Magazine article Security Management

Delving Deeper to Decipher Fraud

Magazine article Security Management

Delving Deeper to Decipher Fraud

Article excerpt

TRADITIONALLY the corporate fraud problem has been addressed as an accounting exercise. Many security professionals incorrectly assume that periodic audits b both the in-house accounting staff and outside auditors provide a sufficient safeguard against fraud. Audits, however, are performed to determine the degree to which a company complies with standards and practices that have been mandate by the company's management. An auditor does not necessarily look for fraud or go beyond what is presented in the company books and records. A new breed of professional, the fraud auditor, does.

The fraud auditor, sometimes referred to as a forensic accountant, usually has an education in accounting and auditing. He or she then may get a job with some public agency that is engaged in investigations. Although the variations on thi scenario are countless, the definition remains the same: the melding of knowledge of both accounting and investigations within one individual is the hallmark of the fraud auditor.

The accountant and the investigator may look at the same problem from two different perspectives. The fraud auditor, however, is trained to look at a problem with two sets of eyes simultaneously.

A forensic accountant is frequently engaged as a consultant after an auditor ha noted some irregularity. Most industrial companies are subject to three layers of financial review--internal auditors, auditors employed by a bank or other lending institution, and independent public auditors. If any one of these financial reviews uncovers suspicious activity, particularly transactions involving officers of the company, they may decide to call in a fraud auditor. The inquiry of the forensic accountant will differ from that of the previously described audits in that the forensic accountant will be specifically looking for fraud.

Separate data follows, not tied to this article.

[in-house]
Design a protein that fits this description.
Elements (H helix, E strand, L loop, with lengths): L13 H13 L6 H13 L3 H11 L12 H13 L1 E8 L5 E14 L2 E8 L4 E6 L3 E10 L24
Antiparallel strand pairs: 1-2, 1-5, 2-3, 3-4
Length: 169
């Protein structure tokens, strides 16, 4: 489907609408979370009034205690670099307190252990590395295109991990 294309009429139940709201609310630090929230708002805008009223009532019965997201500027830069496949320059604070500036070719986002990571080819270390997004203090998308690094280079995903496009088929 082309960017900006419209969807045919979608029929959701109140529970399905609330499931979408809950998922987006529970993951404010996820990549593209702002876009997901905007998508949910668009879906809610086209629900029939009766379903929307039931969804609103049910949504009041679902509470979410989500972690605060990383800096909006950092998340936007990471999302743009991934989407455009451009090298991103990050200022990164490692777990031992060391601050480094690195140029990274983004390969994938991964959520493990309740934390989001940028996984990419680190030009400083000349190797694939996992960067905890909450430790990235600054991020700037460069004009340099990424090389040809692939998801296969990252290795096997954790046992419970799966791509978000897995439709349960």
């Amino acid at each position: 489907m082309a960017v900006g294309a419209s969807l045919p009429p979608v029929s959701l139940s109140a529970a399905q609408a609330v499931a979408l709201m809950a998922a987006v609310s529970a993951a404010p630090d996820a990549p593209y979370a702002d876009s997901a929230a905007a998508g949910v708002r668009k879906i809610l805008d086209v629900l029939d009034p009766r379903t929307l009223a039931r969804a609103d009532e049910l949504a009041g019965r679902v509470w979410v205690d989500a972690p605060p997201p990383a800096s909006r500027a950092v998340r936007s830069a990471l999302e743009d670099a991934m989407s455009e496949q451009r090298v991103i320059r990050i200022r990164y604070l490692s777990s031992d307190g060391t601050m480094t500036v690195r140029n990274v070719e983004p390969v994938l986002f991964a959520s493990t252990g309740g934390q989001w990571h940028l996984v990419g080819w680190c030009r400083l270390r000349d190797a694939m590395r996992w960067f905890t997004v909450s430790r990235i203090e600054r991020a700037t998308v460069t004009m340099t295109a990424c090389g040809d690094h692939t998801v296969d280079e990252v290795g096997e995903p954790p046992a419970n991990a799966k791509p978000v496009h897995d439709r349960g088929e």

The fraud auditor typically builds a case by carefully examining records. When something out of the ordinary is noted, he or she delves deeper to find out why it occurred. A recent case provides a good example of how a fraud auditor investigates a fraud problem.

A large metal processing company with manufacturing facilities in three separat eastern states was recently forced into bankruptcy because of reported declinin sales and increased expenses. Company management placed the blame on poor economic conditions and specifically on decreased defense spending. This explanation satisfied many of the company's creditors, but a local bank ordered a full accounting review prior to accepting the losses that would have to be sustained in the event of a bankruptcy.

This audit found irregularities in a number of areas that directly reflected on the company president and controller. Inventory figures on the books did not accurately reflect the raw material or the finished product on hand. Additionally, after directly contacting a number of the customers who had done business with the company, the accounts receivable ledger was found to be overstated. The creditor's committee insisted that an independent forensic accountant be retained to determine whether fraud had caused the company to fail.

During the course of a typical inventory procedure, approximately 25 percent of the raw material and finished product is actually counted; the remainder is estimated or derived from preexisting records. In this case, the forensic accountant conducted a full inventory, including a stand-still count of inventory in transit.

The actual inventory was found to be overstated in the last financial statement by approximately $500,000. In addition to the incorrect count, the inventory valuation was inflated. Similarly, direct contact with the company's customers determined that the accounts receivable ledger was overstated by more than $1 million.

Based on these findings, interviews with accounting department personnel and management were conducted. The accounting background of the fraud auditor is an essential element when conducting these interviews. …

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